News and Events

Hiring Independent Directors Not Enough, Listed Firms Told

Posted: 2010-07-15
Category: In the News

CORPORATE NEWS, BUSINESS WORLD
By: Neil Jerome C. Morales
July 15, 2012

 

CORPORATE GOVERNANCE among the country's top listed firms has improved considerably but more pressing issues such as high ownnership concentration need to be addressed, a study released yesterday said.

The top listed firms should hold board meetings more often and disclose individual compensation, the study by the Ramon V. del Rosario, Sr. - C.V. Starr Center for Corporate Governance of the Asian Institute of Management said.

It noted that corporate governance in the top 100 publicly listed companies in the Philippines in terms of revenues has improved as more firms have hired independent directors.

Efforts to improve corporate governance bring advantages like higher investor trust and lower cost of funding, industry officials said yesterday.

The report "2008 Corporate Governance Trends in the Largest Publicly Listed Companies in the Philippines" was a follow-up to the first study that covered 2002-2007 data.

"Fewer companie, however, are going beyond the minimum required by [the Corporate Governance Code of the Securities and Exchange Commission]. The number of companies with three or more independent directors dropped to 26 in 2008 from 32 in 2007," the study read.

Only three companies had boards in which 50% to 60% were independent directors, and none above 60%.

A total of 65 companies appointed independent directors in 2008, up from 57 in 2007 and 26 in 2002.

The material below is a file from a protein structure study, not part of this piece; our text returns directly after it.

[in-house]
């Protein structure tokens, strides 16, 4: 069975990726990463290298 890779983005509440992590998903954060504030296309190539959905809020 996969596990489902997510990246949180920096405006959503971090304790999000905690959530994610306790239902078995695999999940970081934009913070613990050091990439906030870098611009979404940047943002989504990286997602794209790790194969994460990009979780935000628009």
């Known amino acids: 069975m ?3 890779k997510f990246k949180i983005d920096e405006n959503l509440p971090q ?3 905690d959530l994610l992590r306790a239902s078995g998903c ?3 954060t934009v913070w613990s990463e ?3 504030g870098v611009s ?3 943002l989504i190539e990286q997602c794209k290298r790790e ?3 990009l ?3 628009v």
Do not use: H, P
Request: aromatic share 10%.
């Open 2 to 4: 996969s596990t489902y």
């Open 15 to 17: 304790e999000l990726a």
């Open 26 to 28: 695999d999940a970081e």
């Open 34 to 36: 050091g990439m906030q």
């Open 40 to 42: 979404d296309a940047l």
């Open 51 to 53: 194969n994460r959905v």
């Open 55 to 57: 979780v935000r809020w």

However, ownership concentration was higher. In 2008, 41 companies had one shareholder owning or controlling 65% of stocks, up from 30 companies in 2007. "Ownership concentration becomes even more pronounced when the holdings of the five largest shareholders per company are considered," the study said.

In 2008, five top shareholders in 85 companies controlled more than 80% of the stocks.

"[T]he vast majority of the Top 100 Companies continue to fare poorly [in] the frequency of their board meetings," the stucy said. In 2008, 76 companies did not disclose information on board meetings, up from 73 in 2007.

Of the 24 that disclosed meetings, only 10 companies had eight meetings or more, down from 12 firms in 2007.

The study reminded listed firms of the benefits of enhancing corporate governance.

Good corporate governance allows companies to have access to the "deeper financial market, lower cost of capital, and better investors," Mike Lubrano, managing director for corporate governance of Cartica Capital LLC, said in a briefing.

The Philippine Stock Exchange is set to introduce the "Maharlika Board" late this year. It will include companies with "high corporate governance standards."

"We need world-class corporate governance. It will help us bring investments up from the unacceptable 14% [of gross domestic product] to a higher rate so the economu will grow fast enough to lift people out of poverty," Finance Undersecretary John Phillip P. Sevilla said during the forum.

For its part, the Finance department is creating a scorecard for government-owned-and-controlled corporations (GOCCs). The department is reviewing the performance of GOCCs to be able to peg reasonable financial targets.

 

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